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It Is Not Just One iPhone, the FBI Wants a Future Where It Is Impractical to Deploy Strong Encryption Without Key Escrow


Crypto War II, the first crypto war having taken place in the 90s with the clipper chip, is in full swing with hostilities started back up a few years ago when FBI Director James Comey and others started lobbying congress and giving public speeches about how being unable to unlock some devices and communications makes it hard to do their job. It has been an unrelenting full public relations assault on practical strong encryption.

Ultimately FBI Director James Comey wants a future where it is illegal or impractical to deploy strong encryption without key escrow, which is a key backup system that the great consensus of cryptographers and computer scientists assert is insecure at scale. As a statesman he never comes out and says this directly, but it is the only conceivable outcome to what he is demanding of tech companies before congress and the actions that the FBI has taken in court.

Few companies, actually practically no one, will offer encryption if it is going to cost them tremendous amounts of money and engineer time to hack each and every device on a piecemeal basis. The siren call of key escrow or an alternate decryption key that they maintain will be irresistible. Our secure devices will be less secure. And for organizations and their employees that handle sensitive information, the risk of data breaches resulting from lost or stolen phones, even when encrypted, will increase.

Or the industry will move back in the direction of unencrypted devices, which would be just fine by the FBI but would be ultimately very bad for everyone who keeps sensitive information or accesses sensitive information through apps on their devices.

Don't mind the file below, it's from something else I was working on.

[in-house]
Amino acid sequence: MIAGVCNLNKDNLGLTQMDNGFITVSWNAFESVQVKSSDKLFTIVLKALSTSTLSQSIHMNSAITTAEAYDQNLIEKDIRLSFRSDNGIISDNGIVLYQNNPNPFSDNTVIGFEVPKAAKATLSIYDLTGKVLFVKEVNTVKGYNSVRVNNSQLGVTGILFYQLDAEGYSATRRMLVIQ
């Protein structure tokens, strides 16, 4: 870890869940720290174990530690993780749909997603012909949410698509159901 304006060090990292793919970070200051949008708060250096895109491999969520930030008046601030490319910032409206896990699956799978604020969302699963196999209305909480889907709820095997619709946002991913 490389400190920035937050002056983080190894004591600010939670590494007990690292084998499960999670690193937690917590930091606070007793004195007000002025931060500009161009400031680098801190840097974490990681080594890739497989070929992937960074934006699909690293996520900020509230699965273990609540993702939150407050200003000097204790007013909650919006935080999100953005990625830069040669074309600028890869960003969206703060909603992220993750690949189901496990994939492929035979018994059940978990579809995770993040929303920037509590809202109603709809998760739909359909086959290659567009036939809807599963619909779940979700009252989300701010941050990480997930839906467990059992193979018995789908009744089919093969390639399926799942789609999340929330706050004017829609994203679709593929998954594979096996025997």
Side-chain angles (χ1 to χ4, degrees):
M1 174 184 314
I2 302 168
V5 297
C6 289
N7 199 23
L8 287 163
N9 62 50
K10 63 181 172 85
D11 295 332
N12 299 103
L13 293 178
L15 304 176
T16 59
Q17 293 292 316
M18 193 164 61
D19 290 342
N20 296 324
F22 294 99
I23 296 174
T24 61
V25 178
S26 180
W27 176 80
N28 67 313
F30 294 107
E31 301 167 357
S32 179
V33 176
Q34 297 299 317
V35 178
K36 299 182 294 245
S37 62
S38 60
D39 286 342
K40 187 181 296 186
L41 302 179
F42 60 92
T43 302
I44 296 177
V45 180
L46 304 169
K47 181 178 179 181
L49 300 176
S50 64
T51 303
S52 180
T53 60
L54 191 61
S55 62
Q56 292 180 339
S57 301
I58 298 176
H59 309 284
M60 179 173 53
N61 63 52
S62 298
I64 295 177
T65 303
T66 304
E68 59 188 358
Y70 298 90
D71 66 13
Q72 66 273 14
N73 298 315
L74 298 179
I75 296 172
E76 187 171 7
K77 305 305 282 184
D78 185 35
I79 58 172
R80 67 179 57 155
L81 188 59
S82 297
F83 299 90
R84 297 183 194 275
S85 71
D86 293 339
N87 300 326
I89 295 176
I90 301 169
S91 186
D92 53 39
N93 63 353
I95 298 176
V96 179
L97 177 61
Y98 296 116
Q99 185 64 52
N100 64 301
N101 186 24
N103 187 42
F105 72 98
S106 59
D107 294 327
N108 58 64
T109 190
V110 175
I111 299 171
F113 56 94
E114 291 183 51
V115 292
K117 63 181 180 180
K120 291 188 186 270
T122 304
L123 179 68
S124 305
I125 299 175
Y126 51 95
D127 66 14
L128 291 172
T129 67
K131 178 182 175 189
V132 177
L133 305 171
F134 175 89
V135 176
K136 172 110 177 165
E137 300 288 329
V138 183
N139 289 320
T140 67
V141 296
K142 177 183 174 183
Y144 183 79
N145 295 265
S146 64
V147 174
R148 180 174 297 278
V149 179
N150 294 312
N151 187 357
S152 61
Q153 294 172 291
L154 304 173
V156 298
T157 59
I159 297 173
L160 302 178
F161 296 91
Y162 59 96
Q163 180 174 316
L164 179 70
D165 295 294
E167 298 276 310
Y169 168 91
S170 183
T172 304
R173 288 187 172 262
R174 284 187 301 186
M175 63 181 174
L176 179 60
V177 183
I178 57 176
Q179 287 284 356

Further reading

Social media discussion

On March 16, 2016, this article made the front-page of Hacker News, remaining in the #1 position for over an hour and staying on the first page for much of the day. The comments are available at FBI Wants It to Be Impractical to Deploy Strong Encryption Without Key Escrow (news.ycombinator.com).

There is also a good discussion over on the Technology Subreddit (reddit.com).

About Frank Rietta

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Frank Rietta is specialized in working with startups, new Internet businesses, and in developing with the Ruby on Rails platform to build scalable businesses. He is a computer scientist with a Masters in Information Security from the College of Computing at the Georgia Institute of Technology. He teaches about security topics and is a contributor to the security chapter of the 7th edition of the "Fundamentals of Database Systems" textbook published by Addison-Wesley.